The Impact of Group Diversity on Performance and Knowledge Spillover -- An Experiment in a College Classroom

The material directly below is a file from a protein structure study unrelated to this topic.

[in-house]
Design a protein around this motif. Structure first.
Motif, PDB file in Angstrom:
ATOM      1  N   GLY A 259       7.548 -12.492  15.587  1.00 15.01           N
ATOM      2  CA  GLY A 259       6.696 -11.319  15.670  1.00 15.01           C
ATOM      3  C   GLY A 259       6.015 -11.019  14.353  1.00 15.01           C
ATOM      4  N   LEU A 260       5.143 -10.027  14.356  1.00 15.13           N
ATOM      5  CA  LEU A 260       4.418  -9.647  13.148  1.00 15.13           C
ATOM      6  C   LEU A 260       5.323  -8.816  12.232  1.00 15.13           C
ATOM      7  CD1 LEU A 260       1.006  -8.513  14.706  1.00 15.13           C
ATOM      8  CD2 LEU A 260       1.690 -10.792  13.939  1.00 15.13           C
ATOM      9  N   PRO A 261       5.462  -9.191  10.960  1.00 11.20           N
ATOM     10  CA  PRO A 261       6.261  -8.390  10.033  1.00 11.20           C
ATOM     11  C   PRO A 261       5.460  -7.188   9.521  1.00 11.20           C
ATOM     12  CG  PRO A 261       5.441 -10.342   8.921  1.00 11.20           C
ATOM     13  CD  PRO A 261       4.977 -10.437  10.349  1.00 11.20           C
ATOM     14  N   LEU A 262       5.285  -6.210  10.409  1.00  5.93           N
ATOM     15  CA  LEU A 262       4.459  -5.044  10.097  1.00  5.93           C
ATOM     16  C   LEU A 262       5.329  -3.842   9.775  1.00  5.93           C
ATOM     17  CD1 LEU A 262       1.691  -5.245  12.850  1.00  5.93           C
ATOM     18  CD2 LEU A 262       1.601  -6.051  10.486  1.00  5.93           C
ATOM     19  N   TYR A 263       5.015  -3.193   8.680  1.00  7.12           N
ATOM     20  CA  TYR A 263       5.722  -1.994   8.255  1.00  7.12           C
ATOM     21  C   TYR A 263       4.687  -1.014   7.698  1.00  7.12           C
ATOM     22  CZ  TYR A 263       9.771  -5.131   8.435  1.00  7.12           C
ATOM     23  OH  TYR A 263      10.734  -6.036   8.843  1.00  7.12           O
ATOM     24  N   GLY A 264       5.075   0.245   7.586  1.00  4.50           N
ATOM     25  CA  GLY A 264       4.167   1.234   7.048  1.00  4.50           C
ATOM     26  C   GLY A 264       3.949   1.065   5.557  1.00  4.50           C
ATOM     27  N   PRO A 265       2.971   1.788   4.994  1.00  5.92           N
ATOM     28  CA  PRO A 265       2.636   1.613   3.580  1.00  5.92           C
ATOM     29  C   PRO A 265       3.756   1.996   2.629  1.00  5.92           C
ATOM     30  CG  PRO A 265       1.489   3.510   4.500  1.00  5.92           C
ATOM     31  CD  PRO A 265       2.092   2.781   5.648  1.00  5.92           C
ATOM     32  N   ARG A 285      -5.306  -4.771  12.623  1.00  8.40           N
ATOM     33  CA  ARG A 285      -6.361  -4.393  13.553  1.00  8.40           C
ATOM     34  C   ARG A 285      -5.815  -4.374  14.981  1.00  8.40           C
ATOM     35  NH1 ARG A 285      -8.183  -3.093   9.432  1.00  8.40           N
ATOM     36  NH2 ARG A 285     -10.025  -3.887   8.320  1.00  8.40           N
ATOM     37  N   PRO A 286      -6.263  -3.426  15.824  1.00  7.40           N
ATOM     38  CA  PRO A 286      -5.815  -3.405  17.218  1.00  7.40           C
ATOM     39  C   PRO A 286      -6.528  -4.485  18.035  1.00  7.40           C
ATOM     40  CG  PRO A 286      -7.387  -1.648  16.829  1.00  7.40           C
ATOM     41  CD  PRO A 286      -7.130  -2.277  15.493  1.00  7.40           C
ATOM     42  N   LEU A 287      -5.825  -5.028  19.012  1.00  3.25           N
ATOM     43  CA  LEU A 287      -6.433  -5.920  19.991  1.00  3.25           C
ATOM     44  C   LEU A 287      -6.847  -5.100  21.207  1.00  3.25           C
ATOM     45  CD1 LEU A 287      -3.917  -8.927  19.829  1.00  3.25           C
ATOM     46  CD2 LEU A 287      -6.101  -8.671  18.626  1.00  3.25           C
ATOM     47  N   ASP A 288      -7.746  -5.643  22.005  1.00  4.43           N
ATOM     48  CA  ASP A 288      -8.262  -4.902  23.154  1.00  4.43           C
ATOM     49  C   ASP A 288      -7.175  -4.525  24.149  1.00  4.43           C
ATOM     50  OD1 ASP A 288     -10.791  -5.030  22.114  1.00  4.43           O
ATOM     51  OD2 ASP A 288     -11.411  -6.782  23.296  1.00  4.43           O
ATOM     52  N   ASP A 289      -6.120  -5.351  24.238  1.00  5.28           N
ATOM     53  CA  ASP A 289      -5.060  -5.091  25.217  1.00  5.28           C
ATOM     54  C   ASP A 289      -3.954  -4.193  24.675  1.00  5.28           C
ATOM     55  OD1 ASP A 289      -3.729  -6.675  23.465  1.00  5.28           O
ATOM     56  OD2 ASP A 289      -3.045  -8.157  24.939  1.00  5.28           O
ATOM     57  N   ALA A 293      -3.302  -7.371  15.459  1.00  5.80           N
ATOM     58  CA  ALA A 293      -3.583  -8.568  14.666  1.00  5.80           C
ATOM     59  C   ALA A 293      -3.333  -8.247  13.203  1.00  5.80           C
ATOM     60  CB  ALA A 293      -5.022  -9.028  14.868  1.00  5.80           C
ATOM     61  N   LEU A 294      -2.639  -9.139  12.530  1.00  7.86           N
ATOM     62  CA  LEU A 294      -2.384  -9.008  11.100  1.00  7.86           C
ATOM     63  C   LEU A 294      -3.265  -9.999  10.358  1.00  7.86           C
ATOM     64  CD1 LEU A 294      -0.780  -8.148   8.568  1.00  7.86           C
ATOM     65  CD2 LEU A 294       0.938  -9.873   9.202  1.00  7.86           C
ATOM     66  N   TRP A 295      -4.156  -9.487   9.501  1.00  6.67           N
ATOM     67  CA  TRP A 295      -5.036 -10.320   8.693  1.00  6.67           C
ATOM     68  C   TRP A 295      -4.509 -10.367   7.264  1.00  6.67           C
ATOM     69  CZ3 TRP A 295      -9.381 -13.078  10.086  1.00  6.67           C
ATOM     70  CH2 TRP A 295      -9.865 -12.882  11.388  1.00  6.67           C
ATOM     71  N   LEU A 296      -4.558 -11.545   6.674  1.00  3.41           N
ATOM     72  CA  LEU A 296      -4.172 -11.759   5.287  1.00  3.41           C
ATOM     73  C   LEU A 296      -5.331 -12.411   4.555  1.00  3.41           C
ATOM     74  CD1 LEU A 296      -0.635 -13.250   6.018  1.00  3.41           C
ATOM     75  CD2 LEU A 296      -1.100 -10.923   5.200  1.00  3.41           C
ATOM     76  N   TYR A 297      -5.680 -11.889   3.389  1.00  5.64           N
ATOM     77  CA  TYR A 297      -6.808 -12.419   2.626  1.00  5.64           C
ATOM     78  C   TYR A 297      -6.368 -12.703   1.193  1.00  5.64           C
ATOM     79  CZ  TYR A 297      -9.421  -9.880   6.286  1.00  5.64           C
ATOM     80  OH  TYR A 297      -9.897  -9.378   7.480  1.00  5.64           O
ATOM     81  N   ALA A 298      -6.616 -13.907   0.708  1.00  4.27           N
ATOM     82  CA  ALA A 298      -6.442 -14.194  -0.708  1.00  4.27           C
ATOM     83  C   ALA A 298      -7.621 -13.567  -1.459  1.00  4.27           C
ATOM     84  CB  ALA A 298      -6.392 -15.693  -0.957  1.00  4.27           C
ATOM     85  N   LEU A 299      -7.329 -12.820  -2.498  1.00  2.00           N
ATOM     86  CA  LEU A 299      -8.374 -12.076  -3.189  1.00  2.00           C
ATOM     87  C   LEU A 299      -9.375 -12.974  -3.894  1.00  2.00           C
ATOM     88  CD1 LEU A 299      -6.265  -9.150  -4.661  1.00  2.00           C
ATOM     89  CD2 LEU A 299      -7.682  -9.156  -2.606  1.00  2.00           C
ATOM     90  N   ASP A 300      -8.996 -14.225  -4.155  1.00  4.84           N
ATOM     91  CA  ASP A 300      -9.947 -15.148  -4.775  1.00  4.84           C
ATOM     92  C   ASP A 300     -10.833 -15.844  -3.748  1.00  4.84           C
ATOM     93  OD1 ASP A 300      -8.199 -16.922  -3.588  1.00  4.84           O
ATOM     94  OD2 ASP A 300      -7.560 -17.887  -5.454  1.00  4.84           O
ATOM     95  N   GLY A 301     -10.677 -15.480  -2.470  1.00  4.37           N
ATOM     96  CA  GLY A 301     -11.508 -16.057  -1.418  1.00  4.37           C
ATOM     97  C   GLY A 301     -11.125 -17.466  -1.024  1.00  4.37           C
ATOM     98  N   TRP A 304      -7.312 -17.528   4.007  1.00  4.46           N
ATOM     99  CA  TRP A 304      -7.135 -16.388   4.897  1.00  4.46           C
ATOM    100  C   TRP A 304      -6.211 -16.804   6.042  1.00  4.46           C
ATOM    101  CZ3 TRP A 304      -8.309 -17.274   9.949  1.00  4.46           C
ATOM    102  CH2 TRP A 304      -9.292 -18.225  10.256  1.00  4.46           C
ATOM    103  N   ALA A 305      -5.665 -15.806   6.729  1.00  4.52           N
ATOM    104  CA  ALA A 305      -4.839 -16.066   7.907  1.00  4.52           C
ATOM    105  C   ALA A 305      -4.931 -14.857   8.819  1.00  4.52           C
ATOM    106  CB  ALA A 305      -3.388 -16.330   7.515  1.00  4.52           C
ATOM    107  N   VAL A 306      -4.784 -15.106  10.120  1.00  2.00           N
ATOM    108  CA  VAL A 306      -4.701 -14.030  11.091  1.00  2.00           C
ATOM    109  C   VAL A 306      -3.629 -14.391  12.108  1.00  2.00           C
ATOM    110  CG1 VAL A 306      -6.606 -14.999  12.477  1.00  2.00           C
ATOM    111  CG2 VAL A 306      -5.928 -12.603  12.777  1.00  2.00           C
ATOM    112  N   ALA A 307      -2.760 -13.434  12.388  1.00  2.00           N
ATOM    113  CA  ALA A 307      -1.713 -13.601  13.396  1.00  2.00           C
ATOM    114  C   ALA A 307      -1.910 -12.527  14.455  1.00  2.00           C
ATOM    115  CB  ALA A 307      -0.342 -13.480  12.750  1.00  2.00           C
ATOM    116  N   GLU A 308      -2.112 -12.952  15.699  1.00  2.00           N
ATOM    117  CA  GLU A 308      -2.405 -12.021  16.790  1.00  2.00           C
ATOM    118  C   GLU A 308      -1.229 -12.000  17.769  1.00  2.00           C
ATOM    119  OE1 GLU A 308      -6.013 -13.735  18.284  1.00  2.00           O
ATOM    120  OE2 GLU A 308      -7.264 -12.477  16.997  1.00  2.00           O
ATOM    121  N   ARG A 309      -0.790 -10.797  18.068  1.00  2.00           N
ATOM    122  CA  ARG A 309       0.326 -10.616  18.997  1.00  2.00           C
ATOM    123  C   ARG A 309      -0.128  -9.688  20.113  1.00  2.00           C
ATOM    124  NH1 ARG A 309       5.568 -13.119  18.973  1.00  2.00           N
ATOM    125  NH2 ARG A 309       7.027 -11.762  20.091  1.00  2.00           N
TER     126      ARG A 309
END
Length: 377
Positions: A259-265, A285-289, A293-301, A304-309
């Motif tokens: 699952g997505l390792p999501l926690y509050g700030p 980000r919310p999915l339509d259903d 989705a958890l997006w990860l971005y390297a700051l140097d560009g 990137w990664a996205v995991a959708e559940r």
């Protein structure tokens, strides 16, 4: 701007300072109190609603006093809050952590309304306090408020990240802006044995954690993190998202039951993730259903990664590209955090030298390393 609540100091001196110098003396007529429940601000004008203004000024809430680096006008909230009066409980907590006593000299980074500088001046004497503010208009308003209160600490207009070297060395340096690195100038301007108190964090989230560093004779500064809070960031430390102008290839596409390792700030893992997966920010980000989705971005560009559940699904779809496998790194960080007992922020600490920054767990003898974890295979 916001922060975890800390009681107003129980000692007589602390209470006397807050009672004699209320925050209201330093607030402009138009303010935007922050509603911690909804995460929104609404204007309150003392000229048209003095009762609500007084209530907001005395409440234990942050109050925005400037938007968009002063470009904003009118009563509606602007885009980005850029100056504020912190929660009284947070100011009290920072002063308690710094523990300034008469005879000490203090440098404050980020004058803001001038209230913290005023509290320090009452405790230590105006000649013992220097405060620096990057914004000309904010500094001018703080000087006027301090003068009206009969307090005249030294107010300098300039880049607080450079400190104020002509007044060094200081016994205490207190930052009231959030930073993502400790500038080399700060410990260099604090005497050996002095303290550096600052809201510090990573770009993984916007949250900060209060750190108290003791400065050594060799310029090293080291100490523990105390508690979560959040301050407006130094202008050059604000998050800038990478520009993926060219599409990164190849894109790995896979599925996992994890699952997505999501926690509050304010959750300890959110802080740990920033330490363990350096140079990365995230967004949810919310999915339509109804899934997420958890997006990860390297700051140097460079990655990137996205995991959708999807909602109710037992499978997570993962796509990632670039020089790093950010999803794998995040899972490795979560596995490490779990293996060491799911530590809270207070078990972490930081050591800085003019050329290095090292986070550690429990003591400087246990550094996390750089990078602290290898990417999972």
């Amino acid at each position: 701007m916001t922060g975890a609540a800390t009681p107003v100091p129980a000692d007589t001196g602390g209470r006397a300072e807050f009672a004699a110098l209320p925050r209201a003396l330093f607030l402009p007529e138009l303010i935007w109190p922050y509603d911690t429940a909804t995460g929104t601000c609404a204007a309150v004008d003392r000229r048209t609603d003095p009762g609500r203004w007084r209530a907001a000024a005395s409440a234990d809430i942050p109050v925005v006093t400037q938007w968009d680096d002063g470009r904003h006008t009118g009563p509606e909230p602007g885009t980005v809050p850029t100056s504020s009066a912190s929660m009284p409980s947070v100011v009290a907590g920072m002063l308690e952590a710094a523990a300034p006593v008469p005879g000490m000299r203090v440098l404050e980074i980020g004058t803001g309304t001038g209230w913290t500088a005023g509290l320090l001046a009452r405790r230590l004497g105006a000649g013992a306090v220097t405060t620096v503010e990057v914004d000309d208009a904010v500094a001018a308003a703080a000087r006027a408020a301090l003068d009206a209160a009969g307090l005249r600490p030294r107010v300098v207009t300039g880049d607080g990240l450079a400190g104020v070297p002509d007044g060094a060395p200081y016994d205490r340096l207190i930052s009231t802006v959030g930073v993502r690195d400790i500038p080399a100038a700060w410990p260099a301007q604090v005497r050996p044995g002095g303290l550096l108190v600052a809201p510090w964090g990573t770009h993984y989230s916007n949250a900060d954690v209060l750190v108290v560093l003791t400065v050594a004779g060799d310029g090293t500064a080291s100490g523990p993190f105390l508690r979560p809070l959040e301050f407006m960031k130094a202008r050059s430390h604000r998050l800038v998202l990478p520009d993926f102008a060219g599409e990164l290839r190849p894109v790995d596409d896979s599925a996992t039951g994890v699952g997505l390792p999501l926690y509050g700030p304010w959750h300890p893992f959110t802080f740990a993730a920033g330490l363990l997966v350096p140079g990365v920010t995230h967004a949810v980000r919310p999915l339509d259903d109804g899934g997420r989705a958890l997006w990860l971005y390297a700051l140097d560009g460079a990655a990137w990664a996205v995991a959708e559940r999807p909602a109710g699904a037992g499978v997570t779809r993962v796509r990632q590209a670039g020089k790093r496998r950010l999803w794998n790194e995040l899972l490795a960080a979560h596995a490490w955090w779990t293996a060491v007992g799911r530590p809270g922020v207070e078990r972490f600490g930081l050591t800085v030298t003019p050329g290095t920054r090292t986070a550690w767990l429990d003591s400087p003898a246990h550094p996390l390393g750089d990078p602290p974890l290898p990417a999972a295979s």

An important yet under-explored question in the teamwork literature concerns how group characteristics affect productivity. Within a given teamwork setting, it is not obvious how group member diversity affects the performance of the individual and the group. The group may gain from knowledge transfer and sharing while it may be crippled by communication and coordination problems that are prevalent in heterogeneous groups. In this study, we combine class performance data from an undergraduate management class with students%u2019 personal records to explore diversity and knowledge spillover effects. A major advantage of our dataset is the exogenous assignment of groups, which rules out the troublesome yet common self-selection issue in team literature. Our results indicate that male-dominant groups performed worse both in group work and in individually taken exams than female-dominant and equally-mixed gender groups after controlling for other group characteristics. Individual members from a group with more diversity in age and gender scored higher in exams. However, we did not find any significance of a group%u2019s racial composition over group and individual performances. Another novel aspect of this natural experiment is that each group chooses their own group contract form %u2013 members of %u201Cautonomous%u201D groups receive equal grade for their group work while those in "democratic" groups can adopt differentiated point allocation, thus, providing a proper mechanism to punish free riders. Our estimation results show a significant correlation between the choice of a democratic contract and the group and individual performance. To address the endogeneity problem in groups%u2019 contract choices, we use a maximum likelihood treatment effect model and found that the democratic group contract has a positive and significant effect on group performance.
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